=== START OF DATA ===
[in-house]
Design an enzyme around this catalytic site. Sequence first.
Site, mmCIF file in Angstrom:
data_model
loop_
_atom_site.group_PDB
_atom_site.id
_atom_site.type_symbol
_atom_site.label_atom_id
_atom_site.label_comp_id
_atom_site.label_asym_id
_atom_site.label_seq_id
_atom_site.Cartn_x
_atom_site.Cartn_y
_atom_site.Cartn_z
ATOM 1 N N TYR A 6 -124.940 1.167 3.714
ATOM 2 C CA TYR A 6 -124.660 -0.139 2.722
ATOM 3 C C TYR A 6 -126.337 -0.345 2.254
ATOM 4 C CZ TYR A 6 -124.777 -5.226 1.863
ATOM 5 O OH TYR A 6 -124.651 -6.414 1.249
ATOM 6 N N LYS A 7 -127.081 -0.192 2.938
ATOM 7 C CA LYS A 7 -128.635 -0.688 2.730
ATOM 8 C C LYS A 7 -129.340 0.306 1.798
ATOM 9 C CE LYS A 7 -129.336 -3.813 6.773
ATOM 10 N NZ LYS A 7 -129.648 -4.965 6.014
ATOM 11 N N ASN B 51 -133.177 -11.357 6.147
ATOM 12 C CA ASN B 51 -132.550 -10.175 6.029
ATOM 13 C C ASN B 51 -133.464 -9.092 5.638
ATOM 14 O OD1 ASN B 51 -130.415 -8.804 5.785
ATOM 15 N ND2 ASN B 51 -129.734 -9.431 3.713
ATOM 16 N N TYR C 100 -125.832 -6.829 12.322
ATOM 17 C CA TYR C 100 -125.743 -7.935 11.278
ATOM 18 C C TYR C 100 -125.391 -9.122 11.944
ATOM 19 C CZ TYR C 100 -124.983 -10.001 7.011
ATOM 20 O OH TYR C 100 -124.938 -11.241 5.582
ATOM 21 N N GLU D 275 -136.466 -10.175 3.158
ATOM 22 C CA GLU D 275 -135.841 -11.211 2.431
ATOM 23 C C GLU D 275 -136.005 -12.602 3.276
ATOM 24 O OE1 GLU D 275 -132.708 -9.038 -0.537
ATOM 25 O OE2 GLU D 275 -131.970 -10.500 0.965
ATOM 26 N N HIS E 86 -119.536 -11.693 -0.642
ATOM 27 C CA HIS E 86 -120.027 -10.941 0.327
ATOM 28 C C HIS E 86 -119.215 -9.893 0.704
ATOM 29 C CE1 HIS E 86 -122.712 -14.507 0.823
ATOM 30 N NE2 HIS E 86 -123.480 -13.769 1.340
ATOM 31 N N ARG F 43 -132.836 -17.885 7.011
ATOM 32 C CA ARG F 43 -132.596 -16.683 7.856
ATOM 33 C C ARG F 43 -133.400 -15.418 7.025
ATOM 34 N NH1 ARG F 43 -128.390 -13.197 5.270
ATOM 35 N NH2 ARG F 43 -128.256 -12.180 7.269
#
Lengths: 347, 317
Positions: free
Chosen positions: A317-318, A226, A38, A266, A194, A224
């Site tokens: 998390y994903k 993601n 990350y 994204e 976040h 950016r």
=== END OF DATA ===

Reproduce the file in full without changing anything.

[in-house]
Design an enzyme around this catalytic site. Sequence first.
Site, mmCIF file in Angstrom:
data_model
loop_
_atom_site.group_PDB
_atom_site.id
_atom_site.type_symbol
_atom_site.label_atom_id
_atom_site.label_comp_id
_atom_site.label_asym_id
_atom_site.label_seq_id
_atom_site.Cartn_x
_atom_site.Cartn_y
_atom_site.Cartn_z
ATOM 1 N N TYR A 6 -124.940 1.167 3.714
ATOM 2 C CA TYR A 6 -124.660 -0.139 2.722
ATOM 3 C C TYR A 6 -126.337 -0.345 2.254
ATOM 4 C CZ TYR A 6 -124.777 -5.226 1.863
ATOM 5 O OH TYR A 6 -124.651 -6.414 1.249
ATOM 6 N N LYS A 7 -127.081 -0.192 2.938
ATOM 7 C CA LYS A 7 -128.635 -0.688 2.730
ATOM 8 C C LYS A 7 -129.340 0.306 1.798
ATOM 9 C CE LYS A 7 -129.336 -3.813 6.773
ATOM 10 N NZ LYS A 7 -129.648 -4.965 6.014
ATOM 11 N N ASN B 51 -133.177 -11.357 6.147
ATOM 12 C CA ASN B 51 -132.550 -10.175 6.029
ATOM 13 C C ASN B 51 -133.464 -9.092 5.638
ATOM 14 O OD1 ASN B 51 -130.415 -8.804 5.785
ATOM 15 N ND2 ASN B 51 -129.734 -9.431 3.713
ATOM 16 N N TYR C 100 -125.832 -6.829 12.322
ATOM 17 C CA TYR C 100 -125.743 -7.935 11.278
ATOM 18 C C TYR C 100 -125.391 -9.122 11.944
ATOM 19 C CZ TYR C 100 -124.983 -10.001 7.011
ATOM 20 O OH TYR C 100 -124.938 -11.241 5.582
ATOM 21 N N GLU D 275 -136.466 -10.175 3.158
ATOM 22 C CA GLU D 275 -135.841 -11.211 2.431
ATOM 23 C C GLU D 275 -136.005 -12.602 3.276
ATOM 24 O OE1 GLU D 275 -132.708 -9.038 -0.537
ATOM 25 O OE2 GLU D 275 -131.970 -10.500 0.965
ATOM 26 N N HIS E 86 -119.536 -11.693 -0.642
ATOM 27 C CA HIS E 86 -120.027 -10.941 0.327
ATOM 28 C C HIS E 86 -119.215 -9.893 0.704
ATOM 29 C CE1 HIS E 86 -122.712 -14.507 0.823
ATOM 30 N NE2 HIS E 86 -123.480 -13.769 1.340
ATOM 31 N N ARG F 43 -132.836 -17.885 7.011
ATOM 32 C CA ARG F 43 -132.596 -16.683 7.856
ATOM 33 C C ARG F 43 -133.400 -15.418 7.025
ATOM 34 N NH1 ARG F 43 -128.390 -13.197 5.270
ATOM 35 N NH2 ARG F 43 -128.256 -12.180 7.269
#
Lengths: 347, 317
Positions: free
Chosen positions: A317-318, A226, A38, A266, A194, A224
């Site tokens: 998390y994903k 993601n 990350y 994204e 976040h 950016r």